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How to rid a city of used car lots?


I am interested to hear if any other small cities have a problem with used car lots. The city is a bedroom community, fairly dense and has no room for expansion, yet desperately needs to increase sales tax revenues. Recently the city has rezoned strips of the major corridors to Commercial General. The busiest street in town (main street)is covered with used car lots, which takes away from the aesthetic value of the area and does not generate a true city revenues. Any suggestions on a strategy to rid the city of these weeds? Like a gas powered weed eater?


Dear Leader
Staff member
You might want to take a look at the "Redneck Row" thread at http://cyburbia.ap.buffalo.edu/cafe/messages/3/621.html?990810664 . We don't offer any real solutions, but the problem is discussed.

Used car lots tend to congregate where rents are low, and design regulations are few. Often these areas tend to have little or no access control, and it's made worse by the small parcel size. Smaller parcels = more parcels = more visual clutter.

Some random thoughts ...

* A used car row won't go away on its own. The strip is there because the market conditions, zoning regulations and land use pattern make such agglomerations ideal in certain locations.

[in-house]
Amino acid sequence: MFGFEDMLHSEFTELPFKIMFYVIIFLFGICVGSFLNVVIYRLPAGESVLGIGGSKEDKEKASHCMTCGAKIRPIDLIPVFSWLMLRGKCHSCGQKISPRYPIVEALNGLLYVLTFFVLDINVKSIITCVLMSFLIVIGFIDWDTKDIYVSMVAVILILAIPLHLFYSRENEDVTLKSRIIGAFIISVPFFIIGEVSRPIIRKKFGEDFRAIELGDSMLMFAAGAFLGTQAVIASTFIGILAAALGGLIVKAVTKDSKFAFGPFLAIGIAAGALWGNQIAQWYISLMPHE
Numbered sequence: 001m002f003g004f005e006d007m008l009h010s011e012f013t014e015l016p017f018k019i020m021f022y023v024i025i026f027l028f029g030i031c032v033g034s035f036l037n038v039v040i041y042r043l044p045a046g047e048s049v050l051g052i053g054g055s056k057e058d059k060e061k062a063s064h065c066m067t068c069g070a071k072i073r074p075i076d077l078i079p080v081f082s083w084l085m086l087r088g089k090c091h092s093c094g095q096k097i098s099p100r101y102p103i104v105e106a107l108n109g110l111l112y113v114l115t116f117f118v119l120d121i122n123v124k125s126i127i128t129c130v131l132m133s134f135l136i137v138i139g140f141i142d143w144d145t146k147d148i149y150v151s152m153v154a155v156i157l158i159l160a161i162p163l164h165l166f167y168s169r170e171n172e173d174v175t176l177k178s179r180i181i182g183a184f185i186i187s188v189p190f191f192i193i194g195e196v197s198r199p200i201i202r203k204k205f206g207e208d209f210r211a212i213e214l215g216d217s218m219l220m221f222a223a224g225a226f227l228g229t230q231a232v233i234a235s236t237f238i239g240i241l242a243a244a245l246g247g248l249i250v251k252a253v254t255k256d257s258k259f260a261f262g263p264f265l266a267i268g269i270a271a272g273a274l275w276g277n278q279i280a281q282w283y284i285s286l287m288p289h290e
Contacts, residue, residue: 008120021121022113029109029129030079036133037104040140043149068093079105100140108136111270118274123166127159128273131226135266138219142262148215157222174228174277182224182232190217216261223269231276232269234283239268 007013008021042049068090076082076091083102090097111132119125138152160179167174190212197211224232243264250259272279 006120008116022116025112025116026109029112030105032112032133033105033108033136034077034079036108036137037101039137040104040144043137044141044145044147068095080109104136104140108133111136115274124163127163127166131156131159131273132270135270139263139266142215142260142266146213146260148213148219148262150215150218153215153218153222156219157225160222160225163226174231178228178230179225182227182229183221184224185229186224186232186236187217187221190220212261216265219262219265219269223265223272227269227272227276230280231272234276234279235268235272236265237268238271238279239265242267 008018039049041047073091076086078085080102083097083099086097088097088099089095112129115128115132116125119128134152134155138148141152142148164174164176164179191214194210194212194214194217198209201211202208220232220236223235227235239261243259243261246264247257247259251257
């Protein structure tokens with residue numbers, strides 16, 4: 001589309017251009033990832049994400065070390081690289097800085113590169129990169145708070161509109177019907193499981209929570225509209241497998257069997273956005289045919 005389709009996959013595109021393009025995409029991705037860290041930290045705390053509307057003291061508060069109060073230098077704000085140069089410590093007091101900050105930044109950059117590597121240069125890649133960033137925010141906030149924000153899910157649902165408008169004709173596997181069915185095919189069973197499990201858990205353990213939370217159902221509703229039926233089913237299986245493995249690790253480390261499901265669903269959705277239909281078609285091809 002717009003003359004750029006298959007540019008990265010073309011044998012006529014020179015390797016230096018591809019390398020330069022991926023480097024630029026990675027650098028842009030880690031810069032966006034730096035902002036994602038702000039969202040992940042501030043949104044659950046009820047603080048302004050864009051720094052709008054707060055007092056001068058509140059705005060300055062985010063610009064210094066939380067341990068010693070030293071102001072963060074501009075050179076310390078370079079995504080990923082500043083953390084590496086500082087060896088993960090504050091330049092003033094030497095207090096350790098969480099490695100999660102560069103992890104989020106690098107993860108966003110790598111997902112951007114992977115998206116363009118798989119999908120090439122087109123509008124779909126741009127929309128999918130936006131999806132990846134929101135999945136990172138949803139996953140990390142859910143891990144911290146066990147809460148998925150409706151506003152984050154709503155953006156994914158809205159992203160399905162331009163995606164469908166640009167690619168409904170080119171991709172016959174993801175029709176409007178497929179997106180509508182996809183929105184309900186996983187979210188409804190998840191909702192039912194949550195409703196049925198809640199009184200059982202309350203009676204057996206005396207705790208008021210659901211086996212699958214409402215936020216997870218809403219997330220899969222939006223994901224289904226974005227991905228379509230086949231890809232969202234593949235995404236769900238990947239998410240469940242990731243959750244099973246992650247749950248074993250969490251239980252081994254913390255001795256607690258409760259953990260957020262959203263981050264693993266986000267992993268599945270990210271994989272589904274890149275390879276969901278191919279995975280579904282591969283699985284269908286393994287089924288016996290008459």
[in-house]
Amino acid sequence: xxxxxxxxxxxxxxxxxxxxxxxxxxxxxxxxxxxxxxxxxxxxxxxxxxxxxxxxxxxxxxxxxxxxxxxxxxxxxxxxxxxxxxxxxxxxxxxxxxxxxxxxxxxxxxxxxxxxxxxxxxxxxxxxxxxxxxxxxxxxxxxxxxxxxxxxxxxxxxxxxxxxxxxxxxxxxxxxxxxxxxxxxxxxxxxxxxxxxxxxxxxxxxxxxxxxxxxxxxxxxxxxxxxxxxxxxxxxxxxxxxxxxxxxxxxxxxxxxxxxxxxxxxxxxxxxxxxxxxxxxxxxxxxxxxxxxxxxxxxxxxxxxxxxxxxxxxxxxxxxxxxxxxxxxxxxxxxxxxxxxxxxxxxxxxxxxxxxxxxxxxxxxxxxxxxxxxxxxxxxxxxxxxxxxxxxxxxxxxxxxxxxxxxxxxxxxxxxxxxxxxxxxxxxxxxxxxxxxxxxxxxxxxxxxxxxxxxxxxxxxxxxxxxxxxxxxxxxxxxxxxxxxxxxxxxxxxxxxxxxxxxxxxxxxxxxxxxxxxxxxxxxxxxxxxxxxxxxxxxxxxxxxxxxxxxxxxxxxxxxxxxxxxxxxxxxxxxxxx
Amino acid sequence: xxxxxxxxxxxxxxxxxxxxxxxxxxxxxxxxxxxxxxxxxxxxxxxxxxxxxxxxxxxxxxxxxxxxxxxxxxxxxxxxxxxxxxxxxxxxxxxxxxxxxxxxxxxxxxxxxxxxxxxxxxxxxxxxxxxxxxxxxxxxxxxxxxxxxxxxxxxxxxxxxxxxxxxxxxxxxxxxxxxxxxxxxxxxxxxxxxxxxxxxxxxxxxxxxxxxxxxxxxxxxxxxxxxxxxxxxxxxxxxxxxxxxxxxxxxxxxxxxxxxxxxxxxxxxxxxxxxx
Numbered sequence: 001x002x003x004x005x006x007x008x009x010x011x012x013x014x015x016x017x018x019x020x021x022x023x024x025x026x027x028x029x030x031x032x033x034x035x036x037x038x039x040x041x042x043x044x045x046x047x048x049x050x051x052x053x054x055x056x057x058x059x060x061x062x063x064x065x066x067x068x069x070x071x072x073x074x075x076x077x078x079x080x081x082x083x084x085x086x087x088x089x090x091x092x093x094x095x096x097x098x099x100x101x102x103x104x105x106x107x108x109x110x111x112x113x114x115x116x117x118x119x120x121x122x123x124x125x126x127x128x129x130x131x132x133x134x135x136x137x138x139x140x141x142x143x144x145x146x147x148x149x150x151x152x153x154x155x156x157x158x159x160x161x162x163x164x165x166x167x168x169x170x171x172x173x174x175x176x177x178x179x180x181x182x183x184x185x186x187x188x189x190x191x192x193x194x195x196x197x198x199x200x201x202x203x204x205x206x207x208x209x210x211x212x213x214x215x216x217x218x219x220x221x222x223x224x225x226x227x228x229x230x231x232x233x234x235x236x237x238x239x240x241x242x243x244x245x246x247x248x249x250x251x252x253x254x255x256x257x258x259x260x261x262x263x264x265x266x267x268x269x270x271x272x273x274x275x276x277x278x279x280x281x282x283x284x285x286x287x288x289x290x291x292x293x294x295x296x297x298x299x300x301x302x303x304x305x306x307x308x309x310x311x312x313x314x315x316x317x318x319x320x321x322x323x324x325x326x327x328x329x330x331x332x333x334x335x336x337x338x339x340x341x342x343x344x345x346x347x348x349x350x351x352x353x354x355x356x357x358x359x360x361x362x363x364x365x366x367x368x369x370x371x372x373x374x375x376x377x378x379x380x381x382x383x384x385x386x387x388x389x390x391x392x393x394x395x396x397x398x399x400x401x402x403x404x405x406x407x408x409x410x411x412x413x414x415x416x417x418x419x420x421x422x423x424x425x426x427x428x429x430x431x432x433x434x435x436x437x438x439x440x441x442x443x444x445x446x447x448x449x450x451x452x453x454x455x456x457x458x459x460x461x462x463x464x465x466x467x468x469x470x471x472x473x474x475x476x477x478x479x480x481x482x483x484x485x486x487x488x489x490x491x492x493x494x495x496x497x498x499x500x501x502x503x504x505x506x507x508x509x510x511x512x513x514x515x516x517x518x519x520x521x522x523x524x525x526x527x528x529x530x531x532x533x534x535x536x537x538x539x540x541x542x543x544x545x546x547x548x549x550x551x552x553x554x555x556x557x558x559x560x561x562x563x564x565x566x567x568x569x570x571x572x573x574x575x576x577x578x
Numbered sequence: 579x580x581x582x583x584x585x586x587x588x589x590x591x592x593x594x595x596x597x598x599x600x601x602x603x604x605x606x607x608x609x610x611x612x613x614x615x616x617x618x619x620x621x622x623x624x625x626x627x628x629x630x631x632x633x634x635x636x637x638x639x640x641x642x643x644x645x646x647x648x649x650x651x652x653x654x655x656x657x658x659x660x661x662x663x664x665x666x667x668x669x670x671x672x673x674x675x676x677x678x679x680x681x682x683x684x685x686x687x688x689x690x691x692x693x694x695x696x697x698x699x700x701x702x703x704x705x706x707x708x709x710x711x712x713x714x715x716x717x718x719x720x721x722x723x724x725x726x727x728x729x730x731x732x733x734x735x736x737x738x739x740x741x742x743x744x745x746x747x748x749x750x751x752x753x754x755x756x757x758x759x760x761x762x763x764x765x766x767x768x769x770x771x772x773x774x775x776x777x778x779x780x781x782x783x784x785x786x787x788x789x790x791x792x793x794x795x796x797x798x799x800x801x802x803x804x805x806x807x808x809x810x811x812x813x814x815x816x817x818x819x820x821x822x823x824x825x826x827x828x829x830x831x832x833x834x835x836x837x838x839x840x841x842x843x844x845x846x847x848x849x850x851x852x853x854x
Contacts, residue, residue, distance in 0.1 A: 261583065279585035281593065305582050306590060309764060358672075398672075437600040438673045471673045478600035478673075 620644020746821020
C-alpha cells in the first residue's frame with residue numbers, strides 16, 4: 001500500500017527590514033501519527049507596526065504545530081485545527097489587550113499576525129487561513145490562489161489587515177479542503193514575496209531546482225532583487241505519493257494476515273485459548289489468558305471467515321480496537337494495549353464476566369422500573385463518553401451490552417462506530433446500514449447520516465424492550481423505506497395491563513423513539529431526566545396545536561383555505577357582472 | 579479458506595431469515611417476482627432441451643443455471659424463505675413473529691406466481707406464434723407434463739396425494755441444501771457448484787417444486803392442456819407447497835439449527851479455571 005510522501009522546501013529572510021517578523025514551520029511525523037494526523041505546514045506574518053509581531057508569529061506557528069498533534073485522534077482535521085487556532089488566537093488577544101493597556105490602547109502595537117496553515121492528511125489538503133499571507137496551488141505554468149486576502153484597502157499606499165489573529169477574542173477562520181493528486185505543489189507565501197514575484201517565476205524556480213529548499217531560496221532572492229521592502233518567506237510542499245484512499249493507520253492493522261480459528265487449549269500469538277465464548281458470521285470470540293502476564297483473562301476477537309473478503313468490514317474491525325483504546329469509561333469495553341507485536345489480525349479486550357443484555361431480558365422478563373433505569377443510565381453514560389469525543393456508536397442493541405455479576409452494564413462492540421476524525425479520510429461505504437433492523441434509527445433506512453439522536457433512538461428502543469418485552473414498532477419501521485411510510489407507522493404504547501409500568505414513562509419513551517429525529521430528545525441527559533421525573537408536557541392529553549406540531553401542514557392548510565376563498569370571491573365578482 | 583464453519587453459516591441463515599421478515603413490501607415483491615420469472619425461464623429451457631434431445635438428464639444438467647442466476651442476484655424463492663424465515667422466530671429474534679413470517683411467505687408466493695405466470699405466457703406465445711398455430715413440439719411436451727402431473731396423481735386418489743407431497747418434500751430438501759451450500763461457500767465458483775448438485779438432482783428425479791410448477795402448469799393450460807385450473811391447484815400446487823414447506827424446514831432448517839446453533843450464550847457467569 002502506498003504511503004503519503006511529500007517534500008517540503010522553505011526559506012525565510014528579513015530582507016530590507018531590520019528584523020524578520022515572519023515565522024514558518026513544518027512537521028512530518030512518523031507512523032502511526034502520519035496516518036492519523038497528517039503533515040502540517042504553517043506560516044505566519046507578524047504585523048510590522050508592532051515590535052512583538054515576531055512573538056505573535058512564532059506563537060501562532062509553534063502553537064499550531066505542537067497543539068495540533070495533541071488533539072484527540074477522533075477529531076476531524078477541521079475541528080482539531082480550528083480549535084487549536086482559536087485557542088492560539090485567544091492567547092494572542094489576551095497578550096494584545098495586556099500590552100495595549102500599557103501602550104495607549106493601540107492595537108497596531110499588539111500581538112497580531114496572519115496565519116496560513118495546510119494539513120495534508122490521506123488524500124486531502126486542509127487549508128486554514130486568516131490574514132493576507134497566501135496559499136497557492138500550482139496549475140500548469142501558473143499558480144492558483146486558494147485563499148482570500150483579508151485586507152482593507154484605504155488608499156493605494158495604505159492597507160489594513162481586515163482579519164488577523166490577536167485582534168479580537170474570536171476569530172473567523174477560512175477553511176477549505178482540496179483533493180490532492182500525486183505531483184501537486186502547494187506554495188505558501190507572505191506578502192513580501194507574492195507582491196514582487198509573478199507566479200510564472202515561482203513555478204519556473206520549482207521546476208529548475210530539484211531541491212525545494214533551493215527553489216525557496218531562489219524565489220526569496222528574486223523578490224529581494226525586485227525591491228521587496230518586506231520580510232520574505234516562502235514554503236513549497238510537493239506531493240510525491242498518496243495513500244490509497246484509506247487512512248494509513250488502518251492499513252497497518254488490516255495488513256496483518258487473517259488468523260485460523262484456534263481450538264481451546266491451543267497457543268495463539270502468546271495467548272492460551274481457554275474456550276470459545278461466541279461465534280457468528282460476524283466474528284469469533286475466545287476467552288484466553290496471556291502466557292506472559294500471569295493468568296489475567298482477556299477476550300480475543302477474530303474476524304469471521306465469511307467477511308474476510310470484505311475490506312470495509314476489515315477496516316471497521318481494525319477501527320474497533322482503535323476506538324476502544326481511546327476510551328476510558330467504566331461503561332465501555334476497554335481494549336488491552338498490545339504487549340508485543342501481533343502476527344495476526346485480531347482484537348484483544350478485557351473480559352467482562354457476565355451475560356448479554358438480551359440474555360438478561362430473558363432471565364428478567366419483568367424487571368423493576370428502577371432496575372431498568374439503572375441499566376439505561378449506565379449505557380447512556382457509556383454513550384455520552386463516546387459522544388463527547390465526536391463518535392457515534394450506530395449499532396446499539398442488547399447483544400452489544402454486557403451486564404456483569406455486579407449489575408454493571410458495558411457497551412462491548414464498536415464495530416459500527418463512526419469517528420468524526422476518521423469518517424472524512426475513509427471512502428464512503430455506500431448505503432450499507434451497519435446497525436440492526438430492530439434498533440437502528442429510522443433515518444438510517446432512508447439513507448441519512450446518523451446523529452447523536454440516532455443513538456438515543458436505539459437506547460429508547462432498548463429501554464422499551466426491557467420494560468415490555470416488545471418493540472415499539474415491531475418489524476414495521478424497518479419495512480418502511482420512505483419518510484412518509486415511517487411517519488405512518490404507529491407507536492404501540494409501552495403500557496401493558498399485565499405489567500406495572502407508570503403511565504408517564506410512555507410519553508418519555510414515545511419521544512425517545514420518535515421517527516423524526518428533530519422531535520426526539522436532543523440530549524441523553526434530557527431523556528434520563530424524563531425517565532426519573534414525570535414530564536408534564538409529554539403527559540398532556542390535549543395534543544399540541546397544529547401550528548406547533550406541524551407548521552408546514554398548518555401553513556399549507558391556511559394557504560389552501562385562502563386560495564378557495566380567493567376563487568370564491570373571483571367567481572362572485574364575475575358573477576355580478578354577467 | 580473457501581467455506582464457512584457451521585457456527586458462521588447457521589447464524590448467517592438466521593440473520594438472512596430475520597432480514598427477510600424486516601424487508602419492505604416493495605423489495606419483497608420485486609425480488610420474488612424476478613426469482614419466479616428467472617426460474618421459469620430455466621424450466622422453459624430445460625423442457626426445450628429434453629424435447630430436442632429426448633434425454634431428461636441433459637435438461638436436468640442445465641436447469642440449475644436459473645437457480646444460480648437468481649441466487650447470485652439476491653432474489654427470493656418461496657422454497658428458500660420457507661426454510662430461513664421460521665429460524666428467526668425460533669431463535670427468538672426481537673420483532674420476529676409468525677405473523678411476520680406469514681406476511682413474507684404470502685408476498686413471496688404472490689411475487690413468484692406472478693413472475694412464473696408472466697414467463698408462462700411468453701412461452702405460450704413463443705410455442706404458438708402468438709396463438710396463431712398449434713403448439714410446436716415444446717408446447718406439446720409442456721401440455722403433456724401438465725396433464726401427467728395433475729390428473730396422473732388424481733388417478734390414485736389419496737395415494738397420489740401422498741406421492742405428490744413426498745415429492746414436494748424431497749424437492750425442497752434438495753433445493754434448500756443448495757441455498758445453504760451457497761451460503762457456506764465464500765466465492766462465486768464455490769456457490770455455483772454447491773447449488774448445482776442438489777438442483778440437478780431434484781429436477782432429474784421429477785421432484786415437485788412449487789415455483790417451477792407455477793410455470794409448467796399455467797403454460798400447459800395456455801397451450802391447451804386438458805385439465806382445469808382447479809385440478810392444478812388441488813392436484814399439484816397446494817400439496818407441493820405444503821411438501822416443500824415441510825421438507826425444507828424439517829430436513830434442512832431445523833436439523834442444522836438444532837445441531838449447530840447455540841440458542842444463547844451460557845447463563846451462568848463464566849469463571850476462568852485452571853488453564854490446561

* Change the zoning code to increase the minimum lot size in a commercial zoning district, excluding pads in a large development, to prevent the further subdivision of lots along the row.

* Toughen up signage, landscaping, parking, access and architectural requirements.

* Create a corridor district, with overlay regulations that exclude used vehicle sales as a permitted use.

* Don't forget other uses that tend to agglomerate in such areas. To be politically correct, I call 'em "Mechanical Commercial" -- auto repair, body shops, welding shops, tire and auto parts stores, mobule home and RV sales, portable building sales, and so on.

* There's a market for used cars. If such businesses were not permitted along the strip, where else would they go? Used car sales is a legitimate land use; however, in large concentrations it will have a detrimental effect on the built environment.